Al-Hariri's coffin, draped in a Lebanese flag, was placed in an ambulance as a military helicopter hovered overhead on Wednesday.

 

His sons, relatives, aides and supporters walked behind the ambulance while his wife and other female relatives looked on and waved from a balcony.

 

A huge crowd chanting anti-Syrian slogans crowded the neighbourhood outside his home, blanketed by a sea of Lebanese flags, banners and portraits of the five-time former prime minister.

 

At least 150,000 Lebanese turned to al-Hariri's funeral

 

In tears, his sons and relatives bore his coffin which at one point opened as it became caught in the crush.

 

Some mourners fainted amid chaotic scenes as the crowd surged around the coffin before al-Hariri was laid to rest in the grounds of the mosque a few hundred meters from the seafront.

 

Aljazeera learnt that Bahaa al-Din al-Hariri, al-Hariri's son, was transferred to hospital suffering fatigue and exhaustion at the funeral procession.

 

Mourners laid flowers outside
al-Hariri's home

Ghassan bin Jiddo, director of Aljazeera's Lebanon office, said that although al-Hariri's family started preparations for his funeral on Tuesday, some government officials asked the family to allow a national funeral so officials could participate.

 

The family declined.

 

Bin Jiddo said opposition figures, including al-Hariri's son, held the Lebanese government responsible for his assassination in a car bomb on Monday.

 

Officials attending

 

Aljazeera learned that the head of the Lebanese Parliament, Nabih Barri, and Hizb Allah secretary-general Hasan Nasr Allah may participate in the funeral.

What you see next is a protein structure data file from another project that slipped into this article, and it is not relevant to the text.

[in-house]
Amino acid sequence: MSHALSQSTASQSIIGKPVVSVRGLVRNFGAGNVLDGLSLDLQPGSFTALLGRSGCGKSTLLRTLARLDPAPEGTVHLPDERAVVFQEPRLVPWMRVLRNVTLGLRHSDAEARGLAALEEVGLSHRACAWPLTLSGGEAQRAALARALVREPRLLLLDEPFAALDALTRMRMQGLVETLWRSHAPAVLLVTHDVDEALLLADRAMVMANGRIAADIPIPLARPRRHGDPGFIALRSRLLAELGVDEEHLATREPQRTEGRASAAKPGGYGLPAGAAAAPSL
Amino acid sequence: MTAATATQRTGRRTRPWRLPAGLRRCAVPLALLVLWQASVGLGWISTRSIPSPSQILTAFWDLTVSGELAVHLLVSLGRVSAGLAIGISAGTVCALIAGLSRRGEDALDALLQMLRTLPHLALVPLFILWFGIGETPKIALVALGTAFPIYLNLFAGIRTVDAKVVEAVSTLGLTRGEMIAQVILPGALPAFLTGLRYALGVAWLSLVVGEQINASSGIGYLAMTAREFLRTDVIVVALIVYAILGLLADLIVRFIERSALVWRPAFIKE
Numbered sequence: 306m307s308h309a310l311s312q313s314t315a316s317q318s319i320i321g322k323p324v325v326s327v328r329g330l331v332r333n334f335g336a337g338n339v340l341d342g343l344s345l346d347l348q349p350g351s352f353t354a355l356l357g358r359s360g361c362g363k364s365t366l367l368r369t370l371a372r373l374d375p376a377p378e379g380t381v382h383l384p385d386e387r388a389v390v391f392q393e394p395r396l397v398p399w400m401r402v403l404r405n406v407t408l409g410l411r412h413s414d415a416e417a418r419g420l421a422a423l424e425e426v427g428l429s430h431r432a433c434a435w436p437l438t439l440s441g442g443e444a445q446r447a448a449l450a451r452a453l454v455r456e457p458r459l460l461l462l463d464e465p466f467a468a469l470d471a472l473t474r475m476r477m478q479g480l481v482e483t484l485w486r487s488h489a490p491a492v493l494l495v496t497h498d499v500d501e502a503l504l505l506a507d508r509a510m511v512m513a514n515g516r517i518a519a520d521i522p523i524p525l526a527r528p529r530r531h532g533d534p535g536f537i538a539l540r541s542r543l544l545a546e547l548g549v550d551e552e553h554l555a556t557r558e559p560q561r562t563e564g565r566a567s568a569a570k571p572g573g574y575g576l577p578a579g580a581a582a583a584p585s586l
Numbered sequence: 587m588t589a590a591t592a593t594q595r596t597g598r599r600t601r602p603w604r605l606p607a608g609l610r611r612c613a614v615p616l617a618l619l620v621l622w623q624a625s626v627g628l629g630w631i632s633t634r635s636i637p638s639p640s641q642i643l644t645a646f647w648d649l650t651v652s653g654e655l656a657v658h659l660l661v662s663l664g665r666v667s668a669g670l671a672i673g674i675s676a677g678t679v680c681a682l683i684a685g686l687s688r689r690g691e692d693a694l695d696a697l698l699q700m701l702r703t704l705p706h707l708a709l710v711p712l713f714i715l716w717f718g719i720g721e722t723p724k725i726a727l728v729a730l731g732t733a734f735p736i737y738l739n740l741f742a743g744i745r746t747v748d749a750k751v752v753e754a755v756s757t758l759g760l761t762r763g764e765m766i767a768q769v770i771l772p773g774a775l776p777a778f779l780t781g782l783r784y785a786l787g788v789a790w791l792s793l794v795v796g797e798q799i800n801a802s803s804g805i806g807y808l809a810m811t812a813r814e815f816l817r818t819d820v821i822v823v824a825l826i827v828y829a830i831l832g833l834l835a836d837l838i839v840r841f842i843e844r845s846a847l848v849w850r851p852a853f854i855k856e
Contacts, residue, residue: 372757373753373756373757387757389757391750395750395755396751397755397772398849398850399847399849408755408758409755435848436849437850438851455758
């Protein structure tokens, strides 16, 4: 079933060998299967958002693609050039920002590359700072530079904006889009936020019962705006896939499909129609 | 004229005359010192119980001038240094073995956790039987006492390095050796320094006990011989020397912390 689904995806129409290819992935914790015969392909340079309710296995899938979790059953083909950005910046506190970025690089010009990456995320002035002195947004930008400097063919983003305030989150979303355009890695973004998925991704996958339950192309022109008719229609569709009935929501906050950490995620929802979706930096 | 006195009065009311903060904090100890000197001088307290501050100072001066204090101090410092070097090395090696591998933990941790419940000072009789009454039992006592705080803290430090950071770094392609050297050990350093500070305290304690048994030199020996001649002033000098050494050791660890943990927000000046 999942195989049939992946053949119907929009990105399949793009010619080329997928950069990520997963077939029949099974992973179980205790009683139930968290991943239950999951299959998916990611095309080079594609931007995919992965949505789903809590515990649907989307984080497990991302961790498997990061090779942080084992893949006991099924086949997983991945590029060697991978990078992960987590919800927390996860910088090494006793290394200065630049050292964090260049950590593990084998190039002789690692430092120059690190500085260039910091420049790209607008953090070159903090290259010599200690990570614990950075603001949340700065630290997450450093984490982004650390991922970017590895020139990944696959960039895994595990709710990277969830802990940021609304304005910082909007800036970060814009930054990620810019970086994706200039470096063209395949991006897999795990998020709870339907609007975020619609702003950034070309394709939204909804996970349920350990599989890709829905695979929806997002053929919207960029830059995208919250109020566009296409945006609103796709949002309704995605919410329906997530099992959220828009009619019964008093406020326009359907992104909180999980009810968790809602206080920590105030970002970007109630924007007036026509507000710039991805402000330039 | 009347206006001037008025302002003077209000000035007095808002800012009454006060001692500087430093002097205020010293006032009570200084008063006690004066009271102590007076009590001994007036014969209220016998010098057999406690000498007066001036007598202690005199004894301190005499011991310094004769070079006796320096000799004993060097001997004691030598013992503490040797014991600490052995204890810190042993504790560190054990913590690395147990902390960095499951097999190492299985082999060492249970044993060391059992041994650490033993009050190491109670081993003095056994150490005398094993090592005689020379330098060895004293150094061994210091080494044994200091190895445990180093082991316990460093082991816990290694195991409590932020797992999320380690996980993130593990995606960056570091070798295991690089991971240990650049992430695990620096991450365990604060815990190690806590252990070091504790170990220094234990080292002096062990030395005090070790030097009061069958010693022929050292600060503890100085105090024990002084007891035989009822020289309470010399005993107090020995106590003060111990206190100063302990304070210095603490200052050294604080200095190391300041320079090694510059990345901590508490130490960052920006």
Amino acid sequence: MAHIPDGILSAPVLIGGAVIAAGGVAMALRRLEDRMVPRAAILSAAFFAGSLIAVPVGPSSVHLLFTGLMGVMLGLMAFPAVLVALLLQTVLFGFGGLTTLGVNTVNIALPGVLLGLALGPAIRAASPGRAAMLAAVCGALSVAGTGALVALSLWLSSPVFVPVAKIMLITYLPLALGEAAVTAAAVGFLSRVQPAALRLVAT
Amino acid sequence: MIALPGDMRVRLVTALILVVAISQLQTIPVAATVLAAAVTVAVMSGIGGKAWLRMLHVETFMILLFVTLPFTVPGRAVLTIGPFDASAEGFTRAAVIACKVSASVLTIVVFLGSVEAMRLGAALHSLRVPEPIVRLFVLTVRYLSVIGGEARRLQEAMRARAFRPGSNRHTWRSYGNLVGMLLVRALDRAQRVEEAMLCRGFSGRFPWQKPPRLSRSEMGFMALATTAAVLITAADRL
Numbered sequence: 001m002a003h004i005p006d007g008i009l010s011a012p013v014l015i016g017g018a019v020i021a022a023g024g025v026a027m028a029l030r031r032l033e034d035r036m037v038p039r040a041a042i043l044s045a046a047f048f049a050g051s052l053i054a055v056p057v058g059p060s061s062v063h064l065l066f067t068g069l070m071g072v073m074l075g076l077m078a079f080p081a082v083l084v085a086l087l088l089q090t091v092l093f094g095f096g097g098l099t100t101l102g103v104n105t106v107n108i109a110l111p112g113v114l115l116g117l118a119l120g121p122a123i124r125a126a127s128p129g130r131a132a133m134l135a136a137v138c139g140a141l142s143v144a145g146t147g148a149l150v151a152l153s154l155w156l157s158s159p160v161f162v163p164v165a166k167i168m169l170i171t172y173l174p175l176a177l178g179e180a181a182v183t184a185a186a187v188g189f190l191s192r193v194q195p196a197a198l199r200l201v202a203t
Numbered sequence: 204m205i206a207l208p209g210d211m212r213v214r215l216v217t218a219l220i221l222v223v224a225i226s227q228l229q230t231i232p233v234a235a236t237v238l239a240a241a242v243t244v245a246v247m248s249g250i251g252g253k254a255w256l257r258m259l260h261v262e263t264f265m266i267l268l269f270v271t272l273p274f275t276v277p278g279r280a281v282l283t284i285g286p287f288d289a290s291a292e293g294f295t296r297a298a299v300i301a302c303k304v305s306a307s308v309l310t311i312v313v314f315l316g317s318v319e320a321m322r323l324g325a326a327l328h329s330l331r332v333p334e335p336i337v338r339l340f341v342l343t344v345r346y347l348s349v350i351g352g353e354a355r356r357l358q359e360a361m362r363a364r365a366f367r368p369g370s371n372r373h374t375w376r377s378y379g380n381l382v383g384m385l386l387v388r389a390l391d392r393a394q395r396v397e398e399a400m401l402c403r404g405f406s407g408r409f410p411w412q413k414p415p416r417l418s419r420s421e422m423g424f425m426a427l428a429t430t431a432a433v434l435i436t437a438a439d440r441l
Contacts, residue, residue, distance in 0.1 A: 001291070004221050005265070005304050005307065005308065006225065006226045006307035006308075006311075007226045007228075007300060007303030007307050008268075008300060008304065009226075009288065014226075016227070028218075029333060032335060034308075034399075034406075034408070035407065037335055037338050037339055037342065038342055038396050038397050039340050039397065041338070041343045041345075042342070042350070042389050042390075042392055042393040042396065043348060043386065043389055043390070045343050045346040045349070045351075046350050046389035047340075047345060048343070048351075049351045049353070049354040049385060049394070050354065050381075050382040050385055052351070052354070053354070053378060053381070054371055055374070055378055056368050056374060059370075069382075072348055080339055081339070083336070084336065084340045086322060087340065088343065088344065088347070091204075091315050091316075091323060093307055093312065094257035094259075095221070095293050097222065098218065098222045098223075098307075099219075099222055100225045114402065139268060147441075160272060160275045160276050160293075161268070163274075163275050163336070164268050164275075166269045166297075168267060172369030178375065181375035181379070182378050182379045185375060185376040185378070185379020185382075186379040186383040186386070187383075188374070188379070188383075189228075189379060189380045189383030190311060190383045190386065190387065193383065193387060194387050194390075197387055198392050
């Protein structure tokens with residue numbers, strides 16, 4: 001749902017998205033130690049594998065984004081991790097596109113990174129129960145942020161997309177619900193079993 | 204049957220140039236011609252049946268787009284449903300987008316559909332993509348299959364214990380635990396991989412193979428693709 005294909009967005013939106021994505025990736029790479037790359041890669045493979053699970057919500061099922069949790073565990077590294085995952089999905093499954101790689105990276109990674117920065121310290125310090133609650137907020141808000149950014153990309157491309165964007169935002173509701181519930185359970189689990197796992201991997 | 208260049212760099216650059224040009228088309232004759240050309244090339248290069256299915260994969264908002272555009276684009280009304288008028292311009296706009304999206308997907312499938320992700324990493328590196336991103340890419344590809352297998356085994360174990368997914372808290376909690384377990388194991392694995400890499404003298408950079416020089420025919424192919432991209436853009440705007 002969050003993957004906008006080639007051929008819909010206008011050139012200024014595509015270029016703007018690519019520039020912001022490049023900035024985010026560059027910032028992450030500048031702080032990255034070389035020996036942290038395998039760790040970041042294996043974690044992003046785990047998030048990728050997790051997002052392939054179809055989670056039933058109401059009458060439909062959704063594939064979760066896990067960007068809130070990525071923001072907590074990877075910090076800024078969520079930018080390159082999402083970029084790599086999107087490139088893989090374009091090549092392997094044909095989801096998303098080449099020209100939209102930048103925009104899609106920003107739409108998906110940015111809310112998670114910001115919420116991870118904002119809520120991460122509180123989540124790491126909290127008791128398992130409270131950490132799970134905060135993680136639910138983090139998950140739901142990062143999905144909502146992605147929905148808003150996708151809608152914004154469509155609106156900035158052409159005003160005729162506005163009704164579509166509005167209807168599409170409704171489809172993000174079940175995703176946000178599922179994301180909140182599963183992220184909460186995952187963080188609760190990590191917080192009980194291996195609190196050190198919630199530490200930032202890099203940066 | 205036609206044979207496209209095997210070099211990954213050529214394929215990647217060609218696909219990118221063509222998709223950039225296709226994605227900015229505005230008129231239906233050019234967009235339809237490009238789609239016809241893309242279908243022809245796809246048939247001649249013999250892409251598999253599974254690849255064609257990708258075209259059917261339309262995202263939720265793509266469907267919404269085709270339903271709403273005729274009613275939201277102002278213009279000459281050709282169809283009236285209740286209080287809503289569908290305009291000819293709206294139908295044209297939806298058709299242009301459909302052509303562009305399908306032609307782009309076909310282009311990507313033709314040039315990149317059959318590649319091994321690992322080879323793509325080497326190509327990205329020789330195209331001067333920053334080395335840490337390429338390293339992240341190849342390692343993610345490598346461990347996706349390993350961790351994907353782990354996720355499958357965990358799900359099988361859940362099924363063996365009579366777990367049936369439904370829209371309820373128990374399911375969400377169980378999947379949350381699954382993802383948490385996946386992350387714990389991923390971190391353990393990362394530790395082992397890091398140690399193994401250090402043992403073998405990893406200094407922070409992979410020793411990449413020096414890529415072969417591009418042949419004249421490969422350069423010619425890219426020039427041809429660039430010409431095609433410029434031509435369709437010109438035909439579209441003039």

Nasr Allah for the first time said he had been meeting al-Hariri at least once a week during the past months.

 

Other regional and foreign officials, including US assistant secretary of state for Middle East affairs, William Burns, were expected to join the service.

 

French President Jacques Chirac was also expected to arrive in Beirut for the funeral.

 

Mourners

 

Thousands of chanting, flag-waving mourners gathered on Wednesday in a prelude to the funeral procession for the man credited with rebuilding post-civil war Lebanon and seen as quietly opposing Syrian influence in his country's affairs.

 

Plots have been prepared for 
al-Hariri and his slain bodyguards 

A huge security operation was organised for the funeral, which was to start at his palatial Quraitim compound in Beirut and wind for about 3km through the capital to his burial at the towering Muhammad al-Amin mosque, which he helped build.

 

The coffins of five of his bodyguards, also killed in Monday's bomb blast, were also to be carried in the procession.

 

Prelude to funeral


Early on Wednesday, al-Hariri's casket was moved to his home in a convoy of ambulances from the American University hospital, where his body was initially taken after the blast.

 

More than 50 grieving supporters, bodyguards and relatives, including one of al-Hariri's sons, Saad al-Din, carried his casket into his residence, before a Sunni Muslim cleric began readings from the Quran.

 

More than a hundred chanting mourners crowded into a room where his coffin was placed, some dancing in a traditional Lebanese display of grief as they held al-Hariri's coffin above their heads.